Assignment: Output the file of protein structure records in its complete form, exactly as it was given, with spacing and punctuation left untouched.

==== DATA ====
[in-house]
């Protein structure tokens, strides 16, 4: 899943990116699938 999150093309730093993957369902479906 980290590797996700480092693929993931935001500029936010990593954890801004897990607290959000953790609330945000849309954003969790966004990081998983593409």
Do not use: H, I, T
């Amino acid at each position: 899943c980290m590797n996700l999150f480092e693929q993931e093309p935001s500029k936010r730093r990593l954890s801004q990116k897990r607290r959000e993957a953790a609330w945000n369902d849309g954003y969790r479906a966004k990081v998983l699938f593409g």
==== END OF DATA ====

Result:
[in-house]
């Protein structure tokens, strides 16, 4: 899943990116699938 999150093309730093993957369902479906 980290590797996700480092693929993931935001500029936010990593954890801004897990607290959000953790609330945000849309954003969790966004990081998983593409």
Do not use: H, I, T
């Amino acid at each position: 899943c980290m590797n996700l999150f480092e693929q993931e093309p935001s500029k936010r730093r990593l954890s801004q990116k897990r607290r959000e993957a953790a609330w945000n369902d849309g954003y969790r479906a966004k990081v998983l699938f593409g």